Last month, Amazon (AMZN 0.91%) announced several new models of its Kindle Fire tablet, including the $99, 6-inch Kindle Fire HD and an updated version of its full-size, Kindle Fire HDX. Both tablets ship with the latest version of Amazon's operating system: Fire OS 4, "Sangria."
Sangria adds several new features to Amazon's tablets, including, most notably, "Family Library" -- families with multiple Kindle devices will be able share some of their digital purchases among themselves. Though it may seem like a small change, it was a necessary one -- the latest version of Apple's (AAPL 0.30%) mobile operating system, iOS 8, offers similar functionality.
Apple challenges Amazon
Back in June, at its Worldwide Developers Conference, Apple introduced Family Sharing -- a new feature included in iOS 8. At the time, I noted that Family Sharing appeared to be a direct challenge to Amazon's digital goods business, particularly its digital books business -- the ability to share digital purchases with family members stood out as a key advantage: Buyers -- who may have otherwise chosen a digital Kindle book from Amazon -- could be enticed to purchase an iBook from Apple instead.
But Amazon has quickly fired back, neutralizing whatever advantage Apple may have had. With Family Library, Amazon customers will be able to share their digital purchases across as many as six linked accounts.
Family Library should help Amazon maintain its dominant market position in digital books. Apple has emerged as a competent rival, but Amazon still leads, with an estimated market share of around 60%.
Family Library vs Family Sharing
Nevertheless, Amazon's Family Library isn't perfect, and Apple's Family Sharing has a few advantages over Amazon's alternative when it comes to other forms of media. Amazon's Family Library works with digital books, audio books, apps, and Prime Instant Video, but it won't work for purchased movies, TV shows, or songs. Apple's Family Sharing, in contrast, offers all these things and more, including the ability to see family members' current geographic locations.
That said, Apple's Family Sharing requires all members of a given family to use Apple-made products, a relatively high barrier to entry. Amazon's Family Library, in contrast, is far more flexible: Amazon would probably prefer its customers own its Kindle Fires, but if they don't, it's not an issue, as Amazon's Family Sharing feature is slated to arrive on Amazon's mobile apps, including its Kindle app for Apple's iOS, later this month.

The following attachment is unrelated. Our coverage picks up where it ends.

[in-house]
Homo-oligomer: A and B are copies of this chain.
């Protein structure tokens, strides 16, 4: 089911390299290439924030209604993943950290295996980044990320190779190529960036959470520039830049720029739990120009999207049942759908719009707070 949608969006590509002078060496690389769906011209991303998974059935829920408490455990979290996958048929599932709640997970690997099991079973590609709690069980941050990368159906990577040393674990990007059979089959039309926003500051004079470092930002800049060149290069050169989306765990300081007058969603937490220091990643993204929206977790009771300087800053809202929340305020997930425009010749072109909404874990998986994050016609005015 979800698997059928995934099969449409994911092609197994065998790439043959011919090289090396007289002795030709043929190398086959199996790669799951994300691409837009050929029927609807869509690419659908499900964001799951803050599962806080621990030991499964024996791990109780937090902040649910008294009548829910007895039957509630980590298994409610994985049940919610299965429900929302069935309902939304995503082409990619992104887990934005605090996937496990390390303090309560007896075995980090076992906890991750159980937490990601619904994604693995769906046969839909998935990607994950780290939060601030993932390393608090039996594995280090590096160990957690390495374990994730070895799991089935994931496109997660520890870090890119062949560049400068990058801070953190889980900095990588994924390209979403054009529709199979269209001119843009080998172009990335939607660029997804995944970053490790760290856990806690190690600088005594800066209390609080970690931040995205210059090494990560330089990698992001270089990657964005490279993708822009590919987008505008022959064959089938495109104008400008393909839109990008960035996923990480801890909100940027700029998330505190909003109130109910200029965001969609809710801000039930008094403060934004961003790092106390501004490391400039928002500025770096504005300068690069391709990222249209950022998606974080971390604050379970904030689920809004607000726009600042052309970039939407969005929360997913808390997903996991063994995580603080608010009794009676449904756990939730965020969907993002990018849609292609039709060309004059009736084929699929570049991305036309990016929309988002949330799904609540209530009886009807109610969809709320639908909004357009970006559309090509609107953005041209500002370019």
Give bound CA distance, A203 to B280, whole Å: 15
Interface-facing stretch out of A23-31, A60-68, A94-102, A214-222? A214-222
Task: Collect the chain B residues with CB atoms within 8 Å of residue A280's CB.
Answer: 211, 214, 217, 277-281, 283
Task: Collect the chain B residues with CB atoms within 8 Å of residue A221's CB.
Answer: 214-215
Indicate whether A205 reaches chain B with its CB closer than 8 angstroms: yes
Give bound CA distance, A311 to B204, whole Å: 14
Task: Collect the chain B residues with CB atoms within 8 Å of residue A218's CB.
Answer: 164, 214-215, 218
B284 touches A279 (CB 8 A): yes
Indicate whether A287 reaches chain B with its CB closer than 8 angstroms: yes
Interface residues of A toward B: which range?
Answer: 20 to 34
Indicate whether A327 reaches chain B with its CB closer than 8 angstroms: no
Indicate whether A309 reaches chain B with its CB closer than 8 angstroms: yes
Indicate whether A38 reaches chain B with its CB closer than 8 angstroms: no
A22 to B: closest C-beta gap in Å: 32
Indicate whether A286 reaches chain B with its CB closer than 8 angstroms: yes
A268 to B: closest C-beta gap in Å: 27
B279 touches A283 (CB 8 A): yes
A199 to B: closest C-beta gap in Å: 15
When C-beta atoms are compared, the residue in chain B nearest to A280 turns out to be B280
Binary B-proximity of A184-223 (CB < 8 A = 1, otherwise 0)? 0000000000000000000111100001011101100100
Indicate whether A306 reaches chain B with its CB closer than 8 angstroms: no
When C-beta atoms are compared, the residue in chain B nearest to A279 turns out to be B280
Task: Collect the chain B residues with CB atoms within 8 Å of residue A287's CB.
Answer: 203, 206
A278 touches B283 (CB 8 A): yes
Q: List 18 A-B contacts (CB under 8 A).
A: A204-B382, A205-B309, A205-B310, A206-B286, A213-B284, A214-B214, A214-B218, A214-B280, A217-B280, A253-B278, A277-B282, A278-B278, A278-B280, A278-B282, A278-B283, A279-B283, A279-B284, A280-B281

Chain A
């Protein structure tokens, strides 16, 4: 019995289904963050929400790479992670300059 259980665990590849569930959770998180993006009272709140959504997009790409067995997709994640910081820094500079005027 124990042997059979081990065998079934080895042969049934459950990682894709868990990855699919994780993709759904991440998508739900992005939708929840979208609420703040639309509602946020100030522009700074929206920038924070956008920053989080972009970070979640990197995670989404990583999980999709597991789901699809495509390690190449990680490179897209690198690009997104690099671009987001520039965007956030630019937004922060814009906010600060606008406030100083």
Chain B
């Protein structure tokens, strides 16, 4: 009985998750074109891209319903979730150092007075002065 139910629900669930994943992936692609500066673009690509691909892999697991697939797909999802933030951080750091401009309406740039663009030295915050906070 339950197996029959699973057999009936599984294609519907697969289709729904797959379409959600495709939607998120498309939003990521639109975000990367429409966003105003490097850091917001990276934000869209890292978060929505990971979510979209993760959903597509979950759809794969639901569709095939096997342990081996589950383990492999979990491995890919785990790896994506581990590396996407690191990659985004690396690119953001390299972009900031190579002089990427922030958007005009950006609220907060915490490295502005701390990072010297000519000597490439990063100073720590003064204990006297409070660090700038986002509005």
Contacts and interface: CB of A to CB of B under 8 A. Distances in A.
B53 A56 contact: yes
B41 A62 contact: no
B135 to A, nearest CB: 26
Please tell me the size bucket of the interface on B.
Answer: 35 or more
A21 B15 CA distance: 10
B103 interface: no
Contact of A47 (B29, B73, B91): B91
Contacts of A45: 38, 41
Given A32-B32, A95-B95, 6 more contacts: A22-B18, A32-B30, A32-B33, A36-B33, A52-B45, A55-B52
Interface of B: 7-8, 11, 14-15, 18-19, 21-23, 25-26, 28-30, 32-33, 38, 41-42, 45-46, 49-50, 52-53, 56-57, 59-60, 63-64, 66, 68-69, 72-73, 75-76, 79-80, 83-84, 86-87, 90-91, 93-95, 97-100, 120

Two different goals
In an interview with Charlie Rose last month, Apple's CEO Tim Cook downplayed his company's rivalry with Amazon, instead citing Google as Apple's chief competition. Amazon may not be Apple's primary competitor, but when it comes to digital goods, they certainly compete for sales -- Family Sharing and Family Library serving as the latest example.
At the same time, the two systems highlight the relative differences between the firms: Whereas Apple is trying to entice customers to purchase its gadgets, Amazon is looking to cultivate additional sales of its digital goods.
The prospect of shared iTunes, app and media purchases, as well as geographic location and parental controls, could keep entire families loyal to Apple's product line, choosing Apple-made mobile devices over alternatives. Amazon may have been caught in the crossfire, losing digital book sales to Apple in the event that families looked to take advantage of this new feature, but Family Library could ensure that doesn't happen.
Family Library isn't a perfect retort -- the lack of music sharing won't help Amazon capture any loyal iTunes customers -- but seems more than good enough to keep Amazon's existing Kindle customers loyal.